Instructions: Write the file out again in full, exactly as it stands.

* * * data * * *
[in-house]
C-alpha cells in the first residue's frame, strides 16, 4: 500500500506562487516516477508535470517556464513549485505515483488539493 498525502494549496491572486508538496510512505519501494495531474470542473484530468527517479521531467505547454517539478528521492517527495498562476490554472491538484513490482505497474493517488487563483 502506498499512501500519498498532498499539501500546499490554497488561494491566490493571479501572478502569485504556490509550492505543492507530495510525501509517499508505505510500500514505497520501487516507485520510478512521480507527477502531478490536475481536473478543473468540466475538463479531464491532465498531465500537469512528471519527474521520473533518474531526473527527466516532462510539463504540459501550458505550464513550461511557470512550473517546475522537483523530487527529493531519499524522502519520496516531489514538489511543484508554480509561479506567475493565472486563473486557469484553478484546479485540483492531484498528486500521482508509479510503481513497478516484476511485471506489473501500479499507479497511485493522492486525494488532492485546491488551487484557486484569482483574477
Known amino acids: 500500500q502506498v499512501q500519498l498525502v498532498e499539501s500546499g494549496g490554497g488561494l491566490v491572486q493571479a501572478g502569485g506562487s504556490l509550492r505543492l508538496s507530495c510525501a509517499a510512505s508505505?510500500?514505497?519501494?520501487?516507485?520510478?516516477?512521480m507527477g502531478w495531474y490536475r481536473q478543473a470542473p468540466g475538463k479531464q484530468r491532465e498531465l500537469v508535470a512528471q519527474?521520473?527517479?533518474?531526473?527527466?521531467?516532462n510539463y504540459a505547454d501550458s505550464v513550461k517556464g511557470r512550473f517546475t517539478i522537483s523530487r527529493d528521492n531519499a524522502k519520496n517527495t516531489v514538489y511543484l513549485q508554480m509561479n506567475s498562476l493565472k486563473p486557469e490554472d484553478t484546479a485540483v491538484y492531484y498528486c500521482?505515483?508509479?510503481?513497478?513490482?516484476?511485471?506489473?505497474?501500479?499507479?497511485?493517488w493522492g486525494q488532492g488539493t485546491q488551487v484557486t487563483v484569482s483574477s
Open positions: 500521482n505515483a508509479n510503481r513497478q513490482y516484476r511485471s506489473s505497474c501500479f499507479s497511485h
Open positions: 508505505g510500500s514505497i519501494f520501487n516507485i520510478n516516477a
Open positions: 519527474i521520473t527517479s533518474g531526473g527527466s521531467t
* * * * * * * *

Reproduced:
[in-house]
C-alpha cells in the first residue's frame, strides 16, 4: 500500500506562487516516477508535470517556464513549485505515483488539493 498525502494549496491572486508538496510512505519501494495531474470542473484530468527517479521531467505547454517539478528521492517527495498562476490554472491538484513490482505497474493517488487563483 502506498499512501500519498498532498499539501500546499490554497488561494491566490493571479501572478502569485504556490509550492505543492507530495510525501509517499508505505510500500514505497520501487516507485520510478512521480507527477502531478490536475481536473478543473468540466475538463479531464491532465498531465500537469512528471519527474521520473533518474531526473527527466516532462510539463504540459501550458505550464513550461511557470512550473517546475522537483523530487527529493531519499524522502519520496516531489514538489511543484508554480509561479506567475493565472486563473486557469484553478484546479485540483492531484498528486500521482508509479510503481513497478516484476511485471506489473501500479499507479497511485493522492486525494488532492485546491488551487484557486484569482483574477
Known amino acids: 500500500q502506498v499512501q500519498l498525502v498532498e499539501s500546499g494549496g490554497g488561494l491566490v491572486q493571479a501572478g502569485g506562487s504556490l509550492r505543492l508538496s507530495c510525501a509517499a510512505s508505505?510500500?514505497?519501494?520501487?516507485?520510478?516516477?512521480m507527477g502531478w495531474y490536475r481536473q478543473a470542473p468540466g475538463k479531464q484530468r491532465e498531465l500537469v508535470a512528471q519527474?521520473?527517479?533518474?531526473?527527466?521531467?516532462n510539463y504540459a505547454d501550458s505550464v513550461k517556464g511557470r512550473f517546475t517539478i522537483s523530487r527529493d528521492n531519499a524522502k519520496n517527495t516531489v514538489y511543484l513549485q508554480m509561479n506567475s498562476l493565472k486563473p486557469e490554472d484553478t484546479a485540483v491538484y492531484y498528486c500521482?505515483?508509479?510503481?513497478?513490482?516484476?511485471?506489473?505497474?501500479?499507479?497511485?493517488w493522492g486525494q488532492g488539493t485546491q488551487v484557486t487563483v484569482s483574477s
Open positions: 500521482n505515483a508509479n510503481r513497478q513490482y516484476r511485471s506489473s505497474c501500479f499507479s497511485h
Open positions: 508505505g510500500s514505497i519501494f520501487n516507485i520510478n516516477a
Open positions: 519527474i521520473t527517479s533518474g531526473g527527466s521531467t